2009 saw the commencement of the largest single relocation of antelope into Tankwa Karoo National Park. Since its reintroduction programme began in June 2004 with ten Cape Mountain Zebra, 114 Gemsbok, 89 Red Hartebeest and 170 Springbok have since found a new home in Tankwa. These animals were followed by a further 245 Springbok and 60 Eland between 2010 and 2012.
The introduction of antelope to Tankwa Karoo National Park was aimed at restoring large mammals as a key driver in maintaining biological diversity through trampling and herbivore disturbance. Research was thus initiated with the release of the antelope in order to study their use of, and influence on, vegetation within the Park. On capture or release, radio transmitter-collars were fitted to six gemsbok, red hartebeest and springbok each to track the movements of the various groups.
The radio transmitter-collars had an expected lifespan of 15 months, but some continued to capture data for more than a year thereafter, providing valuable information on the initial distribution of these antelope. Monitoring of vegetation and field observations on antelope movements still continues.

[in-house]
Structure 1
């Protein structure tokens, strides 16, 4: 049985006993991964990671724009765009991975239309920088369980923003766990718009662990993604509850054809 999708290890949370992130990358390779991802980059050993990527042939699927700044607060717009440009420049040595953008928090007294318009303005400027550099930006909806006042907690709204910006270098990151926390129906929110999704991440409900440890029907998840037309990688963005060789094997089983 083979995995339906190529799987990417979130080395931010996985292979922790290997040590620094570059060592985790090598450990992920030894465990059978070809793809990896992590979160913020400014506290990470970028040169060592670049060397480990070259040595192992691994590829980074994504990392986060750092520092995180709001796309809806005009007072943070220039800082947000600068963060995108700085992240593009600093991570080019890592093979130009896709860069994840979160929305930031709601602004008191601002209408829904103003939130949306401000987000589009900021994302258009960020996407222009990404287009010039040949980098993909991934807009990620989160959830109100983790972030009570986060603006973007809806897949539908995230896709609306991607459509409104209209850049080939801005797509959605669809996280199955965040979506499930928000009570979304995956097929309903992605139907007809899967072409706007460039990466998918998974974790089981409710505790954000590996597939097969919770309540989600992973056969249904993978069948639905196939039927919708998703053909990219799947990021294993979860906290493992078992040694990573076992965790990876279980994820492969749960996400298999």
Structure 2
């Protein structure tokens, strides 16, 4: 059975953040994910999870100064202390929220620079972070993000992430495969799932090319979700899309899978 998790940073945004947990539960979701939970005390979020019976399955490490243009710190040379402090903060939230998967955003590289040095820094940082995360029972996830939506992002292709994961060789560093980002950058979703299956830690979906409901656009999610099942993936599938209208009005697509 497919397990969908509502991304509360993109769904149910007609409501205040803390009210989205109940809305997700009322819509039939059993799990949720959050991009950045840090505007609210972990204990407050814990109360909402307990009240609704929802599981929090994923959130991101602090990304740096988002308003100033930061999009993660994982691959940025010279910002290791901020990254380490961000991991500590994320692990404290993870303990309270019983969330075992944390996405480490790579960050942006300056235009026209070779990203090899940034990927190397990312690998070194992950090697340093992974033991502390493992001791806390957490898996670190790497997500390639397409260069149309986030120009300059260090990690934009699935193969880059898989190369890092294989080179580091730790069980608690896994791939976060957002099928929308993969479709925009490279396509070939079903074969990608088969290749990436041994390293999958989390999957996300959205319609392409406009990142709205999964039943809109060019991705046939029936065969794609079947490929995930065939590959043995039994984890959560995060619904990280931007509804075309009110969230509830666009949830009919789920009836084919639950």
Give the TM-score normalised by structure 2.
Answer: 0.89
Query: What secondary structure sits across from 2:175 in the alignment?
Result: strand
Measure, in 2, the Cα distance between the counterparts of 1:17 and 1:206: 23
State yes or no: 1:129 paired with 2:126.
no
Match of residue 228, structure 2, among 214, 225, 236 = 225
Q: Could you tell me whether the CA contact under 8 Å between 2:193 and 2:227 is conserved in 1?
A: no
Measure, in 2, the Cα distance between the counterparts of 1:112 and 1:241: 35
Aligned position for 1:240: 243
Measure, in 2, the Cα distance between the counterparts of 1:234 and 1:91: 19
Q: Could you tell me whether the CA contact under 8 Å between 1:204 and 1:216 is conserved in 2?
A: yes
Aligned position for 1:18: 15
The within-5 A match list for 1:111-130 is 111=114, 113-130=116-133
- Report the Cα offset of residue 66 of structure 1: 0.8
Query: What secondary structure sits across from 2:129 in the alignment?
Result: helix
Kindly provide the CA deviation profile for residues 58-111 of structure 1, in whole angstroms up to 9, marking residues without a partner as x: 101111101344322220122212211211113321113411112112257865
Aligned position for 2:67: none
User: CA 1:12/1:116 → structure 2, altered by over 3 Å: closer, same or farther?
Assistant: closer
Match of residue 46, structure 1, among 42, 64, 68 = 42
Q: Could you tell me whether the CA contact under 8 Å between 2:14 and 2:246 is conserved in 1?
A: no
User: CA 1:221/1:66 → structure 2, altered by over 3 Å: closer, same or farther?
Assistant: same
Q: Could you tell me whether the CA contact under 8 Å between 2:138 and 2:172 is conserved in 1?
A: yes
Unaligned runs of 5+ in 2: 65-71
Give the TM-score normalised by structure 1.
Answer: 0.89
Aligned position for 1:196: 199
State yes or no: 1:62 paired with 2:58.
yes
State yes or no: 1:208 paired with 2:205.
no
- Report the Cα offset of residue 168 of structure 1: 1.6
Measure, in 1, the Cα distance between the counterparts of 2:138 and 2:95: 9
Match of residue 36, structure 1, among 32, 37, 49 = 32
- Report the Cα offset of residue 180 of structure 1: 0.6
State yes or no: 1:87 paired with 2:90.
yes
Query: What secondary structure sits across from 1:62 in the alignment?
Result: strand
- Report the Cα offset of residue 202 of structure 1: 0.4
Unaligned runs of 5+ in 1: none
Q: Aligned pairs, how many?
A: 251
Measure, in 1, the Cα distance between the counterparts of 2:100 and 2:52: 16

Vegetation monitoring began during October 2009 with species composition and groundcover measured on a regular basis thereafter. The influence of rainfall, rodents and insects on vegetation cannot be overlooked and these factors are also monitored, the first rodent survey being done during September 2010.
The first aerial game census for the Park was conducted during March 2013 and all species have dispersed through large areas of the Park, with numbers also showing a marked increase to those released. However, further introductions of Cape Mountain Zebra and other species are planned for 2014 onwards, to ensure genetic viability of generations to come.
Reintroductions of other species occurring historically within the area, such as Brown Hyena (Hyaena brunnea) and Cheetah (Acinonyx jubatus) among others, are also being investigated for the future.
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